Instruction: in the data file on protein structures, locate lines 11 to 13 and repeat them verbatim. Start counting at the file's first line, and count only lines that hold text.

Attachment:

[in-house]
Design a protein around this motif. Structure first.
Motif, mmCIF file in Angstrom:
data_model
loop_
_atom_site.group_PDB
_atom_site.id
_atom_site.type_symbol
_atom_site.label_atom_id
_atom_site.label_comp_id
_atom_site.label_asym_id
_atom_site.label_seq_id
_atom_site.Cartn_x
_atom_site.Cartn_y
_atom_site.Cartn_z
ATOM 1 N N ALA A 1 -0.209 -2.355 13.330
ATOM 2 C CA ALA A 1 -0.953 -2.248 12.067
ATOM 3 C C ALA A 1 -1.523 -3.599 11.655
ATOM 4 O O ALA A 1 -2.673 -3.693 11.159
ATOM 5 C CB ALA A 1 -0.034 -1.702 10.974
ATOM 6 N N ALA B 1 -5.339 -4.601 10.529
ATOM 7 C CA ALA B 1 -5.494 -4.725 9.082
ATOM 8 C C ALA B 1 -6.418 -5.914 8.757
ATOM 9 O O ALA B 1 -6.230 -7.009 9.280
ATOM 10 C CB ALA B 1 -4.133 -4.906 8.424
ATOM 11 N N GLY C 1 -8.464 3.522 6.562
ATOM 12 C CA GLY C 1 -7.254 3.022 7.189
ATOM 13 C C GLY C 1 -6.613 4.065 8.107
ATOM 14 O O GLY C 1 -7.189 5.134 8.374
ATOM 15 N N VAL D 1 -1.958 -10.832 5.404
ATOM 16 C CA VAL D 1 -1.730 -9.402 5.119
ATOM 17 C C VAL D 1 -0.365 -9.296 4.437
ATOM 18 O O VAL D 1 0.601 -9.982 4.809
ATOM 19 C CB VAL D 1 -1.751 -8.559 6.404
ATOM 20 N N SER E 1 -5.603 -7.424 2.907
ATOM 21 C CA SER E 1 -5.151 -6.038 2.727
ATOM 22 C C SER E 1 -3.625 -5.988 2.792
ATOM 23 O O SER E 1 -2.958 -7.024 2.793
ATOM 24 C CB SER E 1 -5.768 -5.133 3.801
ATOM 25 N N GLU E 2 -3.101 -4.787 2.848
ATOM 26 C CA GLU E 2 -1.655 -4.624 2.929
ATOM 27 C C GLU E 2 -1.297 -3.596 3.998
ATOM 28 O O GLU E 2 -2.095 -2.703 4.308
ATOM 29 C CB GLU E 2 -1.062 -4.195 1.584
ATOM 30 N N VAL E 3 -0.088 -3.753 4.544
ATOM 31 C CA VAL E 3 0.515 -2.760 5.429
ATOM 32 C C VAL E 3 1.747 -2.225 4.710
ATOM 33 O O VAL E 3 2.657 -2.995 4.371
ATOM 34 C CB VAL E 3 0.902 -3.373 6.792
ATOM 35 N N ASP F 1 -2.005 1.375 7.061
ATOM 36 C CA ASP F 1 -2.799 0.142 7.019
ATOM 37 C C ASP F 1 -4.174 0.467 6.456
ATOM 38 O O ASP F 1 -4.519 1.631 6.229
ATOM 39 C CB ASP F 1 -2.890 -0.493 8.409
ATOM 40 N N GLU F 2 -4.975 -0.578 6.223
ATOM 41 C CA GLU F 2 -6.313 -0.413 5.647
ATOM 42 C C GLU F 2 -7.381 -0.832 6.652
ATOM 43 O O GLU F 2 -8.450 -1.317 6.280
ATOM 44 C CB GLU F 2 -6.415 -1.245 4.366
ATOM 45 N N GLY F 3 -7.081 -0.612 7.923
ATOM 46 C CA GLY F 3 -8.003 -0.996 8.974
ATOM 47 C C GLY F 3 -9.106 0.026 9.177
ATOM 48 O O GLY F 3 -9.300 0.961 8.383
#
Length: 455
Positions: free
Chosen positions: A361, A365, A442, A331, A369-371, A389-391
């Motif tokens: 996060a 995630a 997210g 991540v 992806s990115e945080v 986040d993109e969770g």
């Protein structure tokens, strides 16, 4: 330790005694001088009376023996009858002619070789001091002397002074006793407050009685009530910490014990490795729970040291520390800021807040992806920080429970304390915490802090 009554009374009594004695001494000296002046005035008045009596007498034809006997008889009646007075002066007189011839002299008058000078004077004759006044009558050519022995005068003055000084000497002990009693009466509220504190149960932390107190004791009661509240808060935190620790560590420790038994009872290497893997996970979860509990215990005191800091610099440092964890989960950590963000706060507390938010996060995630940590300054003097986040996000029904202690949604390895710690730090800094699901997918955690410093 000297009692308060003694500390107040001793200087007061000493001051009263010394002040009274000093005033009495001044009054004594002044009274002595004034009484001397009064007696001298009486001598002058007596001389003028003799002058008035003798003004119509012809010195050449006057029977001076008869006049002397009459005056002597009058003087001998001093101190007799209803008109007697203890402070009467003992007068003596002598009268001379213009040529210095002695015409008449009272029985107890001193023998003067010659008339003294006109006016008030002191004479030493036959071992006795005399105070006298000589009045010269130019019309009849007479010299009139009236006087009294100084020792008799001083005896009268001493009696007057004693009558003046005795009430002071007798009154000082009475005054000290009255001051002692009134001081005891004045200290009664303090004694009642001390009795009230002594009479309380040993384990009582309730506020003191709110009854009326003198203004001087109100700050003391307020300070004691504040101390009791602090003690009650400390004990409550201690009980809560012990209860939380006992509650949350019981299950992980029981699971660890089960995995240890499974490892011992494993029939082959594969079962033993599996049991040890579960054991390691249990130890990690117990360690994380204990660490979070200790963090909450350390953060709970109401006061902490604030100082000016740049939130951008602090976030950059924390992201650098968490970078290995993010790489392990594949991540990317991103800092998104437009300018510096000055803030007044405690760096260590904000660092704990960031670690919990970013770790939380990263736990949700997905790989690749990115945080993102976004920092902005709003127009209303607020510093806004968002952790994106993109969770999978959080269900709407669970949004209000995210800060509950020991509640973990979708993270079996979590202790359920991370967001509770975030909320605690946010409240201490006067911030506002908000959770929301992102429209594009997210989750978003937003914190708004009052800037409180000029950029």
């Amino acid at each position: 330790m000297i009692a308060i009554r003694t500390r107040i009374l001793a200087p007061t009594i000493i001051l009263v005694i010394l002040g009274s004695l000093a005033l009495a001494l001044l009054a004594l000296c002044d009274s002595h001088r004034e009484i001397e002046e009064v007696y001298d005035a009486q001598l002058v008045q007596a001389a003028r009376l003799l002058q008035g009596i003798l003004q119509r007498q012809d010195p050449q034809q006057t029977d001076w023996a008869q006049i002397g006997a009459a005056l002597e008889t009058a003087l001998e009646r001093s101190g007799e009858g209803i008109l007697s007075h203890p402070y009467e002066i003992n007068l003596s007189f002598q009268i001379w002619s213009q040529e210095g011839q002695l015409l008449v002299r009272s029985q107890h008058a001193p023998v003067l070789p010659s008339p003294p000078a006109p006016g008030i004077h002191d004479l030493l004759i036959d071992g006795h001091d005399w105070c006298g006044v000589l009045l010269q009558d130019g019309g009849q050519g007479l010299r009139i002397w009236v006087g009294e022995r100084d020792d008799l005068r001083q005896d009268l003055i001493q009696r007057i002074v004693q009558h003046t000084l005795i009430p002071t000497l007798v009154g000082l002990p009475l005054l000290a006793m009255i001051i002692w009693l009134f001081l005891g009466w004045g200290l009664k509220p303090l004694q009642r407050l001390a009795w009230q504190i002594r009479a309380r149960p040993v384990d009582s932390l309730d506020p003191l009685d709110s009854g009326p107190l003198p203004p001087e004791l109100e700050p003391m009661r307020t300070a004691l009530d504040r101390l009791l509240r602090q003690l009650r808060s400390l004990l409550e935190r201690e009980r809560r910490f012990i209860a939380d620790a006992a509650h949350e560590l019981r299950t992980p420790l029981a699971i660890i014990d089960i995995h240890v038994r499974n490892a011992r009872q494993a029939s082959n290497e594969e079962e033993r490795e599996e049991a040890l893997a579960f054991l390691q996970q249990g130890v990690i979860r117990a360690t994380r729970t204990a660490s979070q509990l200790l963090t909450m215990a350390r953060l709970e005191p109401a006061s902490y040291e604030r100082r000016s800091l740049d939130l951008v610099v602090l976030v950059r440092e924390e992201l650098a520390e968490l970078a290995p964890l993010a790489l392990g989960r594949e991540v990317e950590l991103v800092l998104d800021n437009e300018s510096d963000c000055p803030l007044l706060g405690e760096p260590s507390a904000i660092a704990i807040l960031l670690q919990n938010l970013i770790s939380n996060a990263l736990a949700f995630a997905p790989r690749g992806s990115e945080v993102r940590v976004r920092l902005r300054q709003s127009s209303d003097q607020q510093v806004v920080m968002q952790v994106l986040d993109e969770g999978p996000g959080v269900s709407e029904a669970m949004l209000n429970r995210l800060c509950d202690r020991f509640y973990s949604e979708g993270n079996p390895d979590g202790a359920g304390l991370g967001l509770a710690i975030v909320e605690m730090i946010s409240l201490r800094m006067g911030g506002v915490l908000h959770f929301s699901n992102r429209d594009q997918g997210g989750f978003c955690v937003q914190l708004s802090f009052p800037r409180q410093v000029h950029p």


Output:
_atom_site.label_asym_id
_atom_site.label_seq_id
_atom_site.Cartn_x